Humble ISD tax rate lowest in decades, but taxpayers may still face higher bills

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The lowly ISD trustees approved a 4.6 cent property tax rate cut for 2022 at their September board meeting, bringing the district’s new rate to $1.2929 per $100. devaluation. But the decades-low rate won’t necessarily mean a smaller tax bill for taxpayers.

Four years ago the tax rate was $1.52. Since then, the district’s tax rate has dropped each year in part due to Texas House Bill 3 passed in 2019.

Led by state Rep. Dan Huberty of Humble, the bill made major changes to school funding and the calculation of tax rates for school districts, including an increase in state funding for schools and property tax cuts.

The goal of HB 3 was to send more state money to public schools and lower property tax rates, while educating students statewide.

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Humble ISD Chief Financial Officer Billy Beattie thinks HB 3 does a good job of determining what schools need to run effectively.

“Over the past four years you can see how the HB 3 legislation is working. As our values ​​have gone up, our tax rate has gone down over the past four years, about 22.71 cents over that time,” he said.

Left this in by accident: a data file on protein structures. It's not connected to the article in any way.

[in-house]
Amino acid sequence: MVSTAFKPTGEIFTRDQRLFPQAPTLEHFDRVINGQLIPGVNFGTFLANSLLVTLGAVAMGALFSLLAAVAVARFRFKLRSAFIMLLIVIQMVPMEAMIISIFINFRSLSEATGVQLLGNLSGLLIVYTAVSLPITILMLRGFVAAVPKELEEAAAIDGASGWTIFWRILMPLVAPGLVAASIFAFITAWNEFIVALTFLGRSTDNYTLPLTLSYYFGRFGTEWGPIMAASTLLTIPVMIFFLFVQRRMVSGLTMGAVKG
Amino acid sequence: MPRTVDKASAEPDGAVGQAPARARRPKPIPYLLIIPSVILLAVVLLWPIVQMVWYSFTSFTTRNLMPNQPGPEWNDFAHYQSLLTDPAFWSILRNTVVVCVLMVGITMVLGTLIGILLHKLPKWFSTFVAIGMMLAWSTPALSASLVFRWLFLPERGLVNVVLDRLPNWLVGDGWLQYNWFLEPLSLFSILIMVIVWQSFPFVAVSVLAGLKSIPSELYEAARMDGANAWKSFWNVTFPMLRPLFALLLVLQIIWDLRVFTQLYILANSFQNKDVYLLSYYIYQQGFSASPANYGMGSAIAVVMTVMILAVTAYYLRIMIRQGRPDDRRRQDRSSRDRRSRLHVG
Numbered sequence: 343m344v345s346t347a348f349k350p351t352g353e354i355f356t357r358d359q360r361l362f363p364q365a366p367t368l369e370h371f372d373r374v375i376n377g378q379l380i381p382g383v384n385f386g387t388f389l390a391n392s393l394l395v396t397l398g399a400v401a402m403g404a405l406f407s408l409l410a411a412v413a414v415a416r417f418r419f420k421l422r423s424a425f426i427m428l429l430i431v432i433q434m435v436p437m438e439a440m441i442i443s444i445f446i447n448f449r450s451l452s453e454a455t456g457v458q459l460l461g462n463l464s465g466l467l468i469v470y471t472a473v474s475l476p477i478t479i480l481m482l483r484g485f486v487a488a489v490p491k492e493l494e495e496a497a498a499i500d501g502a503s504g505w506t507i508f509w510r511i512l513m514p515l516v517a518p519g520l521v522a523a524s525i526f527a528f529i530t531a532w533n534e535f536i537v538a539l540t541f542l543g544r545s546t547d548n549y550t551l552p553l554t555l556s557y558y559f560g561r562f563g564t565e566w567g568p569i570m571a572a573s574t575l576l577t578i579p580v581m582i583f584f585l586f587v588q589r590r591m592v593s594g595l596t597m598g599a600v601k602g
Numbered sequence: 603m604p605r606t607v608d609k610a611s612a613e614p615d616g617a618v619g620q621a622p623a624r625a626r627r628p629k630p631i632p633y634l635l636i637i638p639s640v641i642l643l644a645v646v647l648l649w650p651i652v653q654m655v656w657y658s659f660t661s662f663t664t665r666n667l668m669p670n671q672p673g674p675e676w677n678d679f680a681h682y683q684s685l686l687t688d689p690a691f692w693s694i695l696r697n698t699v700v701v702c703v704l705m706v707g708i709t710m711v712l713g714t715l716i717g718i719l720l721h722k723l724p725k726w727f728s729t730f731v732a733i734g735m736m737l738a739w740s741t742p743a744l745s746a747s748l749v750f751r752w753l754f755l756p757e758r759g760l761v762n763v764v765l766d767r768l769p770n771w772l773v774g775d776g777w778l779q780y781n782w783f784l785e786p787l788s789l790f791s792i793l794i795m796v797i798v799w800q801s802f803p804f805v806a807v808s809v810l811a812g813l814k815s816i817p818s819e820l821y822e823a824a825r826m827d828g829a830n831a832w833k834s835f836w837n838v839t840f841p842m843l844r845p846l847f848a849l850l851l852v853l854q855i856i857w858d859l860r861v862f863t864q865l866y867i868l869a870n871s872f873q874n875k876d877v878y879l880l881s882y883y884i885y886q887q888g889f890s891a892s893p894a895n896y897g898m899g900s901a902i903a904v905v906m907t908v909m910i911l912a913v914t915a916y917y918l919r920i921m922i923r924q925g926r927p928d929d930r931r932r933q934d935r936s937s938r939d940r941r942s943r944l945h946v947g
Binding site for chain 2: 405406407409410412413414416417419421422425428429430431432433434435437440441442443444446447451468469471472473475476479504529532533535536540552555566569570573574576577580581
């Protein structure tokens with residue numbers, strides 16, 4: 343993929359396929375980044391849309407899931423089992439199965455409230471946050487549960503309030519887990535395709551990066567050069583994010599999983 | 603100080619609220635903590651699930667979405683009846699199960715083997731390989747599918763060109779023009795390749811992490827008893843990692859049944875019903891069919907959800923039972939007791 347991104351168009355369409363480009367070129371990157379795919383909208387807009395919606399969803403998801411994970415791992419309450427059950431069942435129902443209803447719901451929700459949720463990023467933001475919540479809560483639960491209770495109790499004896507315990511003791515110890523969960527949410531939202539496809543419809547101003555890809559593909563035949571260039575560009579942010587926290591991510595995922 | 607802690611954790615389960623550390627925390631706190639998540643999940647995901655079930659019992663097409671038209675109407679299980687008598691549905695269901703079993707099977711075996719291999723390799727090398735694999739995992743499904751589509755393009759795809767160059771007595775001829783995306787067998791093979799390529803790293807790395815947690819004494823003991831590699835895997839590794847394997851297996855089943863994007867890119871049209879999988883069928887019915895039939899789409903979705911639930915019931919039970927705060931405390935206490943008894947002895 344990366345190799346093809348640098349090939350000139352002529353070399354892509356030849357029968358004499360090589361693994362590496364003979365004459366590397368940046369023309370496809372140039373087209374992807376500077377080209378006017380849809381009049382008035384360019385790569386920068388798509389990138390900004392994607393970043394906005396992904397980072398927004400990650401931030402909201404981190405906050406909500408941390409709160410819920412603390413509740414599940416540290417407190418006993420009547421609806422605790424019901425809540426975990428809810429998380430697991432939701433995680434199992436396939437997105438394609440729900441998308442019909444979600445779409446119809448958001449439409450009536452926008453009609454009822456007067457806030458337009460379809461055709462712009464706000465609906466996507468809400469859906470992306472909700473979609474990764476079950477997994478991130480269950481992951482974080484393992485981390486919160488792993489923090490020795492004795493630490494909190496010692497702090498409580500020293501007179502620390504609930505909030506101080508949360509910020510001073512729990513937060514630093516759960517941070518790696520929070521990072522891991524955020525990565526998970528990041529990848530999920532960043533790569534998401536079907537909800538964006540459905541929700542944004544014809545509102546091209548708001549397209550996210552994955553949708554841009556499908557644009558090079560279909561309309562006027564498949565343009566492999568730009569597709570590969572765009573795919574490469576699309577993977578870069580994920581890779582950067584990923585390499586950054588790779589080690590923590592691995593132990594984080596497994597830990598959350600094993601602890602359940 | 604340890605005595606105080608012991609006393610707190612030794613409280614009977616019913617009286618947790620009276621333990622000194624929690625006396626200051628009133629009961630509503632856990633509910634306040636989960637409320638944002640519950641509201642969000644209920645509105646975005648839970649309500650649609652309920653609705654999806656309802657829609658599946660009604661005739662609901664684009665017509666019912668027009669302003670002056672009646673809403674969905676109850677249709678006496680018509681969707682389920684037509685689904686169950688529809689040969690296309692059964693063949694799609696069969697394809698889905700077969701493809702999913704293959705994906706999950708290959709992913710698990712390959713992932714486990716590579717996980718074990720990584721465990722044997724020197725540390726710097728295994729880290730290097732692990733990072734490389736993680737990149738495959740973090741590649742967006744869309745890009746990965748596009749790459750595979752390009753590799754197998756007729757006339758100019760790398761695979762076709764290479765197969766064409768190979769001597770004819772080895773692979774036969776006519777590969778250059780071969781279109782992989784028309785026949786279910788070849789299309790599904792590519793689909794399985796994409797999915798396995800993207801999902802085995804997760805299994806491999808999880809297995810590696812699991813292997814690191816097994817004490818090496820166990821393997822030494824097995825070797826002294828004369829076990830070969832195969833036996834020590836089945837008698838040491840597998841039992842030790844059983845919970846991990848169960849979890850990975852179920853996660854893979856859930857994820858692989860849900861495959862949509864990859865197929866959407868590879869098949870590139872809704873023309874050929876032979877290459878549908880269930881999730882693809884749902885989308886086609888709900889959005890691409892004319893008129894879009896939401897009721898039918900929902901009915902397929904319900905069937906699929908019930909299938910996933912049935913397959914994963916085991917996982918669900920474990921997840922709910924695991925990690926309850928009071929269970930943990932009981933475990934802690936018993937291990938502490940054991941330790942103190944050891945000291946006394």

“It can be confusing for taxpayers who see the tax rate go down and their property tax bill go up,” Beattie said. “It’s actually the result of the increased values ​​of the Harris County Assessment District.”

Texas Schools Funding Formula

School districts receive their funds through a combination of local property taxes and state funding.

With HB 3’s funding formula, depending on the district and its needs, the amount of assistance provided by the state will be different, Beattie said.

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“Some districts are recovery districts so they are able to generate all the revenue they need to operate under the HB 3 funding formulas from their local tax revenues alone and therefore they receive no funding from the State, and some that are 100%,” he explained.